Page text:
This is a faithful saying, and worthy of all acceptation,
&c.] This is said, lest it should be thought strange, or scarcely credible, that so great a sinner should be saved; as well as to give a summary of the glorious Gospel the apostle was intrusted with; and in opposition to fables, endless genealogies, and vain jangling, and contentions about the law. The doctrine of Christ's coming into the world, and of salvation by him, as it is the sum and substance of the Gospel, so it is a "faithful saying"; in which the faithfulness of God is displayed to himself, and the perfections of his nature, his holiness, justice, love, grace, and mercy; to his law, which is magnified, and made honourable; to his word of promise hereby fulfilled; and to his Son in carrying him through the work: and the faithfulness of Christ is discovered herein, both to his Father with whom, and to his friends for whom, he engaged to obtain salvation; and the faithfulness of ministers is shown in preaching it, and of other saints in professing it, and abiding by it: it is a true saying, and not to be disputed or doubted of, but to be believed most firmly; it is certain that God the Father sent his Son into the world for this purpose; and Christ himself assures us, that he came for this end; his carriage to sinners, and his actions, testified the same; his works and miracles confirm it; and the numberless instances of sinners saved by him evince the truth of it: and it is "worthy of all acceptation"; or to be received by all sorts of persons, learned, or unlearned, rich or poor, greater or lesser sinners; and to be received in all ways, and in the best manner, as the word of God, and not man; with heartiness and readiness, and with love, joy, and gladness, and with meekness, faith, and fear, and by all means; for it is entirely true, absolutely necessary, and suitable to the case of all, and is to be highly valued and esteemed by those who do approve and accept of it. It is the Christian Cabala, or the evangelical tradition, delivered by the Father to Christ, by him to his apostles, and by them to the saints, by whom it is cordially received. The apostle seems to allude to the Cabala of the Jews, their oral law, which they say F13 was delivered to Moses on Mount Sinai, and by him to Joshua; and by Joshua to the elders; and by the elders to the prophets; and so from one to another to his times: but here he suggests, that if they would have a Cabala, here is one, that is firm, and true, and certain, and worthy to be received, whereas the Jewish one was precarious, yea, false and untrue. Indeed, sometimes the words of the prophets are so called by them; so that passage in ( Joel 2:13 ) is called (hlbq) , "Cabala" F14, some thing delivered and received; upon which one of their commentators F15 has these words,
``whatever a prophet commands the Israelites, makes known unto them, or exhorts them to, is a Cabala.''And if a prophetic command or admonition, then surely: such an evangelical doctrine, as follows, is entitled to this character,
that Christ Jesus came into the world to save sinners;
Christ came into the world, being sent by his Father, but not against his will, but with his free consent: he came voluntarily in the fulness of time into this sinful world, where he was ill treated; and this was not by local motion, or change of place, but by assumption of nature; and the end of it was, that he might be the Saviour of lost sinners, as all men are, both by Adam's sin, and their own transgressions; though he came not to save all, for then all would be saved, whereas they are not; and if he came to save them, he must have then so far lost his end; but he came to save sinners, of all sorts, even notorious sinners, the worst and chief of sinners: and the apostle instances in himself,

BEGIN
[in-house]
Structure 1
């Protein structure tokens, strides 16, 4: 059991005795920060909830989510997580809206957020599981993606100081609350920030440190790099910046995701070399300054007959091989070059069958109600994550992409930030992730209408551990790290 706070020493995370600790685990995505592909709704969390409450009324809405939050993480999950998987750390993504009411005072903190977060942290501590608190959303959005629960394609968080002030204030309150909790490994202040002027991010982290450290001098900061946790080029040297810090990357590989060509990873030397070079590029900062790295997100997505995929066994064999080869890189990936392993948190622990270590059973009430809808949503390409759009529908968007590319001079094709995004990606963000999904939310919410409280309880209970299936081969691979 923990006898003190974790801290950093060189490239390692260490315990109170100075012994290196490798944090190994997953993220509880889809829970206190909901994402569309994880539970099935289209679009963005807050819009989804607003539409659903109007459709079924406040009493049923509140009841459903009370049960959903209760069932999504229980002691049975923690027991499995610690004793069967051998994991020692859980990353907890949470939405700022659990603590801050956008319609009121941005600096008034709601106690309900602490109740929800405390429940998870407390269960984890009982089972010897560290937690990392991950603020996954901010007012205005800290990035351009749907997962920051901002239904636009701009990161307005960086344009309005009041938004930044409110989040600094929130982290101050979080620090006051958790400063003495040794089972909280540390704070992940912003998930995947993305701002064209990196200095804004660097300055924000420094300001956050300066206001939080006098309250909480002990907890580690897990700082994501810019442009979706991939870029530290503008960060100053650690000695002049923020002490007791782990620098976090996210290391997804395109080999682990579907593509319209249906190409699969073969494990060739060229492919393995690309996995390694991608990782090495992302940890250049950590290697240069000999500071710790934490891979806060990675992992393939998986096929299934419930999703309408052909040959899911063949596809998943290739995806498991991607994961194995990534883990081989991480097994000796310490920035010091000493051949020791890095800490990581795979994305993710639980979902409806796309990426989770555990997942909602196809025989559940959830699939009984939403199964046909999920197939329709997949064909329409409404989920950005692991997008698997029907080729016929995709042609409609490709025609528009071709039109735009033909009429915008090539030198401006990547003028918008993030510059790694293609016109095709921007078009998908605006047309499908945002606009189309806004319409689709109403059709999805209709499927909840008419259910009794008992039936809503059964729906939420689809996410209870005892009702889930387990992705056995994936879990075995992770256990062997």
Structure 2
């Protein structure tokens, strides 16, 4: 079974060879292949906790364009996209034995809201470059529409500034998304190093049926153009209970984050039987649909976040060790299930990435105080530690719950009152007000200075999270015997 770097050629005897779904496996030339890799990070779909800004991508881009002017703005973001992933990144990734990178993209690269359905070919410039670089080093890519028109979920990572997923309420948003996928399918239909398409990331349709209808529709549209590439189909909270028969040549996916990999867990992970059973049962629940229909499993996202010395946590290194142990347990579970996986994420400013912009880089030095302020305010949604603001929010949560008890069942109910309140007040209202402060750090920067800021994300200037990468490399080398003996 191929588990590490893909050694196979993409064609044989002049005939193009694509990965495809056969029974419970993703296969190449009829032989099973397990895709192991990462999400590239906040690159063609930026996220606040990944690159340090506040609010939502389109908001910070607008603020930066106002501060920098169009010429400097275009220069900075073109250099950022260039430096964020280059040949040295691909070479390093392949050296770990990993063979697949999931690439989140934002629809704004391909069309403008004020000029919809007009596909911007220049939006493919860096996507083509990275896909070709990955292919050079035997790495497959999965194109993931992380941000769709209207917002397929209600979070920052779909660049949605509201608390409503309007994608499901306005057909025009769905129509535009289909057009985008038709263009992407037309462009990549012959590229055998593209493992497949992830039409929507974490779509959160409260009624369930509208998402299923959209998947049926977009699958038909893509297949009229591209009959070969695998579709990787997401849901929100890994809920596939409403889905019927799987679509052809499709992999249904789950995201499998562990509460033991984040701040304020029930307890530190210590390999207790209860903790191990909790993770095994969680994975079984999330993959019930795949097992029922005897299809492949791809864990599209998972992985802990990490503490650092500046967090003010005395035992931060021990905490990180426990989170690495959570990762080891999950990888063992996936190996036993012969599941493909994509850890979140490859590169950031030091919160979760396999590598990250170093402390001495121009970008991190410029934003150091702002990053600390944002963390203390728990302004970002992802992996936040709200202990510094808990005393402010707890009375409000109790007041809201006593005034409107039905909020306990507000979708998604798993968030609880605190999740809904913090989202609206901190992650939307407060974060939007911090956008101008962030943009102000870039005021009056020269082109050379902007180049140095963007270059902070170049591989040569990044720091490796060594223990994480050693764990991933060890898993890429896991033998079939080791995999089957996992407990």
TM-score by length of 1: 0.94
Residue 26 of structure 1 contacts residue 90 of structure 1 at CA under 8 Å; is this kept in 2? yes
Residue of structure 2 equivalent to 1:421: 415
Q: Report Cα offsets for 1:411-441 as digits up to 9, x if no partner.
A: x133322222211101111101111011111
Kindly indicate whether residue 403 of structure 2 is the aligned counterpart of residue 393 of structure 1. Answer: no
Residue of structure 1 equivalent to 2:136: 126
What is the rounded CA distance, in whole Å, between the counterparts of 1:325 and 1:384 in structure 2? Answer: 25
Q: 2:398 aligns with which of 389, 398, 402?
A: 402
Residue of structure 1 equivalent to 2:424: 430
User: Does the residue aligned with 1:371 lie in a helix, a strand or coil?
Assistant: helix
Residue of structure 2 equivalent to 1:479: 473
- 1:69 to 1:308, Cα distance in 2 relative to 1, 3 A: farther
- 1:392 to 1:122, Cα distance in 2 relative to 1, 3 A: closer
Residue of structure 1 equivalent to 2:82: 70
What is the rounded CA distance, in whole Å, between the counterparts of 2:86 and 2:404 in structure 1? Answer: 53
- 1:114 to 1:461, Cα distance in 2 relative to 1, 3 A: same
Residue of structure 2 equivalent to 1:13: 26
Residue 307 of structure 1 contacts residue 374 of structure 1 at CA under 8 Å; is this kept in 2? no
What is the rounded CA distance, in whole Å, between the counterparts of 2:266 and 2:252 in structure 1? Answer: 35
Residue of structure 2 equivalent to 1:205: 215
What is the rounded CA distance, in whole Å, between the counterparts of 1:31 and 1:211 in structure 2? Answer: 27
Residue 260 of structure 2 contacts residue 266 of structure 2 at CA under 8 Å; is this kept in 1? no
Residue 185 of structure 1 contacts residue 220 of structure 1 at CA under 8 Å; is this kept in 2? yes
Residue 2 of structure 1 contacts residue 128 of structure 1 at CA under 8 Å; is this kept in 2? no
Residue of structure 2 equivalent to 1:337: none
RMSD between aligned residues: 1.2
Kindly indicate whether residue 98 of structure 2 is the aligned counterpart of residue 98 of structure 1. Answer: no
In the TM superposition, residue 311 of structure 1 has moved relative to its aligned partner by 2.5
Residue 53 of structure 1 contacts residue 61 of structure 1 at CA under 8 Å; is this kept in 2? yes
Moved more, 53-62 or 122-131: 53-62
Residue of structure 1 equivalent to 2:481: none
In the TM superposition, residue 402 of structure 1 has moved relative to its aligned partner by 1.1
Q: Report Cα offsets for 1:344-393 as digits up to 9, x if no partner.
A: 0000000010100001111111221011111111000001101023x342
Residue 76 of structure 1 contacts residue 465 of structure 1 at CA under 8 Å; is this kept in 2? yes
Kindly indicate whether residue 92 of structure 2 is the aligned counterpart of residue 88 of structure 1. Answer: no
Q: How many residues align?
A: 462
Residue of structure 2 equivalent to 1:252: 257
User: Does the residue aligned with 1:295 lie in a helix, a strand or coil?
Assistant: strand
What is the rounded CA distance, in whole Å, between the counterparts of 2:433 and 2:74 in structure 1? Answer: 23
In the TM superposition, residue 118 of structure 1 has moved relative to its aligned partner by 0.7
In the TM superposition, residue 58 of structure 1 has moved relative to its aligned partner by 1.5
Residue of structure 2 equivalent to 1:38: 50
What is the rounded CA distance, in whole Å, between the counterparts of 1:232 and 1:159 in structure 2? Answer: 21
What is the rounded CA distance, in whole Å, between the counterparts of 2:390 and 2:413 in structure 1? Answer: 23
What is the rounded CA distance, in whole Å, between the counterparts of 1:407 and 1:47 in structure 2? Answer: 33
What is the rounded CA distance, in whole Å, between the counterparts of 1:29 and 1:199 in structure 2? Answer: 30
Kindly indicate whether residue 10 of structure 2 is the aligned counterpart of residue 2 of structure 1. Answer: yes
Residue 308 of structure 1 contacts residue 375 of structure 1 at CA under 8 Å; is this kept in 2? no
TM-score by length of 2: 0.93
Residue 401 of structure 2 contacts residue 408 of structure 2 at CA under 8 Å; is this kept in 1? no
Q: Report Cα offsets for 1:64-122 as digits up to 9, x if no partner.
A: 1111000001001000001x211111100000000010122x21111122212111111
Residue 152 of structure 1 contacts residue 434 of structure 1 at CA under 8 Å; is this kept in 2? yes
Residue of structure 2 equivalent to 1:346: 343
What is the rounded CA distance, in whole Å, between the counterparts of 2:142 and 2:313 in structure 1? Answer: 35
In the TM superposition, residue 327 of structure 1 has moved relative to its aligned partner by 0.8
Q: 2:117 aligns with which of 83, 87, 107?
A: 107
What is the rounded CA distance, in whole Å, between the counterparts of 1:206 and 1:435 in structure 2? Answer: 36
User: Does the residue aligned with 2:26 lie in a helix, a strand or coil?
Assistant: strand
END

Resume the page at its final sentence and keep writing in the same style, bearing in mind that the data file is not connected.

of whom I am chief;
or "first"; not that he was the first in time; Adam was the first man that sinned, though Eve was before him in the transgression: it is a most stupid notion, that some gave into from this passage, as if the soul of Adam passed from one body to another, till it came to Paul, and therefore he calls himself the first of sinners: but his meaning is, that he was the first in quality, or the greatest and chiefest of sinners, not only of those that are saved, but of all men, Jews or Gentiles; and this he said not hyperbolically, nor out of modesty, but from a real sense or apprehension he had of himself, and his sins, which were made exceeding sinful to him; or he was the chief of sinners, and exceeded all others in his way of sinning, in blaspheming the name of Christ, and persecuting his saints, otherwise his conversation was externally moral, and in his own, and in the opinion of others, blameless: he was no fornicator, adulterer, thief, extortioner but in the above things he went beyond all others, and was a ringleader in them; and the remembrance of these sins abode with him, and kept him humble all his days; he was always ready to acknowledge them, and express his vileness and unworthiness on account of them: hence he here says, not "of whom I was", but "of whom I am chief". Now such sinners, and all sorts of sinners, Christ came to save from all their sins, original and actual; from the law, its curse and condemnation; from the bondage of Satan, the evil of the world, and wrath to come, and from every enemy; and that, by his obedience, sufferings, and death, by fulfilling the law, bearing its penalty, offering himself a sacrifice for sin, thereby finishing it, making reconciliation for it, and bringing in an everlasting righteousness: and a great Saviour he is, and an only one; a full, suitable, able, and willing Saviour; a Saviour of the soul, as well as of the body, and of both with an everlasting salvation.